From what it looks like, The Shoals is setting up to be a community specifically for remote workers with a mix of employees and self-employed sorts. That…honestly sounds cool as fuck. Residential communities are being formed out of old shopping malls and we’re now having more conversations about other forms of communal living both in cities and rural areas.
While there’s record job losses now, there’s also been an upswing in remote work and millions of people don’t want to go back to the way things were. Like I said before, there’s always a different dynamic at play when your location independence comes from a remote job than when you’re freelance/running your own business. But Remote Shoals is offering incentives for remote employees as well as freelancers and small business owners to relocate, providing that you make at least $52,000 per year…and the less you make, the smaller your incentive is, starting at $6,000 then going up to $10,000 the higher your income is. The lowest tier caps out at $62,399 annually, and the highest at $124,800 although there’s no income cap to apply. You have to stay for at least 12 months before you see a dime, though you can get a reduced cash payment if you’re there for six months.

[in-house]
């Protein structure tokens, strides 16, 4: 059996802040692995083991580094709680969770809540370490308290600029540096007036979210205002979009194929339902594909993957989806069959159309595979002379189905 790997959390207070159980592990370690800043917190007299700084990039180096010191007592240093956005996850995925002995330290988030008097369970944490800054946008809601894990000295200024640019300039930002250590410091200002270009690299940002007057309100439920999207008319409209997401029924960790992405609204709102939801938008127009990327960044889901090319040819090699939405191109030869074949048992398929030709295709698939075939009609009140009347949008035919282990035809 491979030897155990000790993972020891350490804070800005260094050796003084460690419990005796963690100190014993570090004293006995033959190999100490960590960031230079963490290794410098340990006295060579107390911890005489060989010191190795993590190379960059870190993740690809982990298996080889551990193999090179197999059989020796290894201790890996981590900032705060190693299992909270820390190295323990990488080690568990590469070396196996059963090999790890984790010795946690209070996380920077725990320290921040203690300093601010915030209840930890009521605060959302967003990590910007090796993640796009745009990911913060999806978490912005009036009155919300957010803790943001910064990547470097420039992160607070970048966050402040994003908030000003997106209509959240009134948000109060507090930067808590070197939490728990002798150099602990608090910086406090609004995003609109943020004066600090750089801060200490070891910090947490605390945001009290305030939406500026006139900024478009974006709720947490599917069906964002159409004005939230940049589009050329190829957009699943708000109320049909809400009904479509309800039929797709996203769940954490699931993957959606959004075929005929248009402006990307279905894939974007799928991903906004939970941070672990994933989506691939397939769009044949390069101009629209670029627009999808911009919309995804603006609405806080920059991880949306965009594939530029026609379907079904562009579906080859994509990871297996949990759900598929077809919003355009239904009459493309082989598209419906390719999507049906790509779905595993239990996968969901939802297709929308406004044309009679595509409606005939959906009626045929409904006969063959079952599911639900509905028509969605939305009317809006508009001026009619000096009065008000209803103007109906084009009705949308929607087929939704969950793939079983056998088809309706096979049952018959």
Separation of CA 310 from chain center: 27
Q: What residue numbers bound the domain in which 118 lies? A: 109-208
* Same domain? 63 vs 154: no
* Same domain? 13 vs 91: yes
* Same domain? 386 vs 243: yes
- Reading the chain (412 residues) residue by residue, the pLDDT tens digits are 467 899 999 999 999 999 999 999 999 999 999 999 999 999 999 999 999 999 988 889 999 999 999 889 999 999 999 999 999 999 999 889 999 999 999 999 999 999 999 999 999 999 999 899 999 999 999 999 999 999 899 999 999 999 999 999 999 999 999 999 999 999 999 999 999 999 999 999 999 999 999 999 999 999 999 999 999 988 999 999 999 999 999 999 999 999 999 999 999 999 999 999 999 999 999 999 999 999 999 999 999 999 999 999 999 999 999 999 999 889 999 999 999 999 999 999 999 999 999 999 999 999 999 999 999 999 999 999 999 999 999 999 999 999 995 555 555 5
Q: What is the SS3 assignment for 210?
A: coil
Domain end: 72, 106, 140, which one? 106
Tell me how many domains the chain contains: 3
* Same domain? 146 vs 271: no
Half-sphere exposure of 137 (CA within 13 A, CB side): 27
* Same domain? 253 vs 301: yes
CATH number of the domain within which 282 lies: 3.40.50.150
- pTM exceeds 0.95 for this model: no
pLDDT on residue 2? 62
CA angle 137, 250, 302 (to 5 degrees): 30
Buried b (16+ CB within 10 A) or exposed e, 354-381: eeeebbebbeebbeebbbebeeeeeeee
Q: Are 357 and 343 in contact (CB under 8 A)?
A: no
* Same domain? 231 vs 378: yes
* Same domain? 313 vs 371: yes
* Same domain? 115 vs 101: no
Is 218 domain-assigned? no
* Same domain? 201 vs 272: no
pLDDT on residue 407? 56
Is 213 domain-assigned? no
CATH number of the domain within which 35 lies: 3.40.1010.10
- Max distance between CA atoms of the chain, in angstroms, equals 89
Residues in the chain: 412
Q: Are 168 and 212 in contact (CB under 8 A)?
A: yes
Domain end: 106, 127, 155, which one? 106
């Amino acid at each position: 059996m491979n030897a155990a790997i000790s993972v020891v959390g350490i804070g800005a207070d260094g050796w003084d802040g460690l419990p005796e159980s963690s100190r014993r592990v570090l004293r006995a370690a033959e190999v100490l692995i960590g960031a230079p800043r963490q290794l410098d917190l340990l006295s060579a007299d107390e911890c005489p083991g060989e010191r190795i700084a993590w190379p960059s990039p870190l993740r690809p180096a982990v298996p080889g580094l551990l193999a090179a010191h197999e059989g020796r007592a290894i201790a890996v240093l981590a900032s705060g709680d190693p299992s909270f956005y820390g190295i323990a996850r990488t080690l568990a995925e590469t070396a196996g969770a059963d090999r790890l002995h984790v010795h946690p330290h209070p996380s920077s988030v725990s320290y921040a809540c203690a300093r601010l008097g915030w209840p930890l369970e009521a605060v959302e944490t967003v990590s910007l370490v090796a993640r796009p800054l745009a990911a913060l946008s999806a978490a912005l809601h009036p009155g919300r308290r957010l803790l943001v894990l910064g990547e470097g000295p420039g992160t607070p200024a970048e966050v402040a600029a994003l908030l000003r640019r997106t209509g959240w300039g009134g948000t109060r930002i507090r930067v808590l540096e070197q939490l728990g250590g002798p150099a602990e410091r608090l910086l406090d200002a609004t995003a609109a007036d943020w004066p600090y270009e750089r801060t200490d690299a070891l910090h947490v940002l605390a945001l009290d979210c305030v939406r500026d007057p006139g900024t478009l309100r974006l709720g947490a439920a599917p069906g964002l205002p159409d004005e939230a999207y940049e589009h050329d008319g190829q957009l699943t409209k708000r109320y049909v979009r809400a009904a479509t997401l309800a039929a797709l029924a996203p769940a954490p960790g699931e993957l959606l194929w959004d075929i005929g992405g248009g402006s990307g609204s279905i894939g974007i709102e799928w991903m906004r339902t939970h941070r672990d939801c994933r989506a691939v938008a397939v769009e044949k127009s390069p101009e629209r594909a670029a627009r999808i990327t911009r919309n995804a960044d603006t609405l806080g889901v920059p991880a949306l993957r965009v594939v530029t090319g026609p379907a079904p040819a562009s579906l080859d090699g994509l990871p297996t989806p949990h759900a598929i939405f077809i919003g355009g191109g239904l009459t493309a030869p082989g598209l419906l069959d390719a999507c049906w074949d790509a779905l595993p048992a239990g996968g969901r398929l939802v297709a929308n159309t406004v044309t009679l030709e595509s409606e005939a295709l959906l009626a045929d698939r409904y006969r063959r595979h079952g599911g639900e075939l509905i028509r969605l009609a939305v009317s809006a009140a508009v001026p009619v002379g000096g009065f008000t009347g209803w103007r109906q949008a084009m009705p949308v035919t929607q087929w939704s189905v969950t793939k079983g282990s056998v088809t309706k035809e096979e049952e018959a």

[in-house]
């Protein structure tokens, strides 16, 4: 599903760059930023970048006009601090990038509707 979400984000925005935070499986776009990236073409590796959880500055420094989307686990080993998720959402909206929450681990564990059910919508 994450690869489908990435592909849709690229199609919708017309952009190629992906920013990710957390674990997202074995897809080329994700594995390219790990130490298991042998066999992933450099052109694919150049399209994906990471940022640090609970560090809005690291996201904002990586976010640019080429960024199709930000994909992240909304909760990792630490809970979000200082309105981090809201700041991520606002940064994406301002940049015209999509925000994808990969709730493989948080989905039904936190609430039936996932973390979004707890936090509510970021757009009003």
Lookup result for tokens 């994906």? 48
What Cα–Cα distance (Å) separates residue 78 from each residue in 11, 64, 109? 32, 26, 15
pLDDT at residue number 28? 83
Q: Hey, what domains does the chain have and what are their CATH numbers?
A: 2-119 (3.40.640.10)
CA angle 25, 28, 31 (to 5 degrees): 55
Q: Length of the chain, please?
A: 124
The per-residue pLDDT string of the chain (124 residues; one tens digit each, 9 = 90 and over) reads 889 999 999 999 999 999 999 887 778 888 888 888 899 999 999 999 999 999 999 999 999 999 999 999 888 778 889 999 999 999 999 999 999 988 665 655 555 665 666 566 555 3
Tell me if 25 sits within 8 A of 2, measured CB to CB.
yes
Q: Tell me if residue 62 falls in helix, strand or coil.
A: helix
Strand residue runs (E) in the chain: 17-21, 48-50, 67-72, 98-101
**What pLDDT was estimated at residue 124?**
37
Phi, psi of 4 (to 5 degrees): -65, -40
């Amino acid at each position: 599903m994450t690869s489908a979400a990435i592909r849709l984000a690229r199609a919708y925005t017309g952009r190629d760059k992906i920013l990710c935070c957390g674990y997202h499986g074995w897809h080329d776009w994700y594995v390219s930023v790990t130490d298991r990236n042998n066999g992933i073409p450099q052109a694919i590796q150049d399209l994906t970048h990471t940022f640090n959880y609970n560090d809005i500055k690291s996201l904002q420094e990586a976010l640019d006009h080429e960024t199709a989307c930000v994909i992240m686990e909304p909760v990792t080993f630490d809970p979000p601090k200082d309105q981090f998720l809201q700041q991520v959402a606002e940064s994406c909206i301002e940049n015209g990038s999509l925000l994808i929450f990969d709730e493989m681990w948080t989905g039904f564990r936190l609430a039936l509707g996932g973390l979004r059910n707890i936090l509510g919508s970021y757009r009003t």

Hang on. The less you make, then the more you should get rather than the other way around!
And $52,000 a year minimum income? It doesn’t specify for self-employed people if they mean $52,000 in revenue or in your post-tax results, everything from SBA aid to health insurance to (most) mortgage applications uses the latter. But that aside, people who are earning less than $52,000 per year and working at home and probably the most in need of a cash bonus and average rents being less than $600 for a 1-bedroom apartment.
So, some thoughts on this.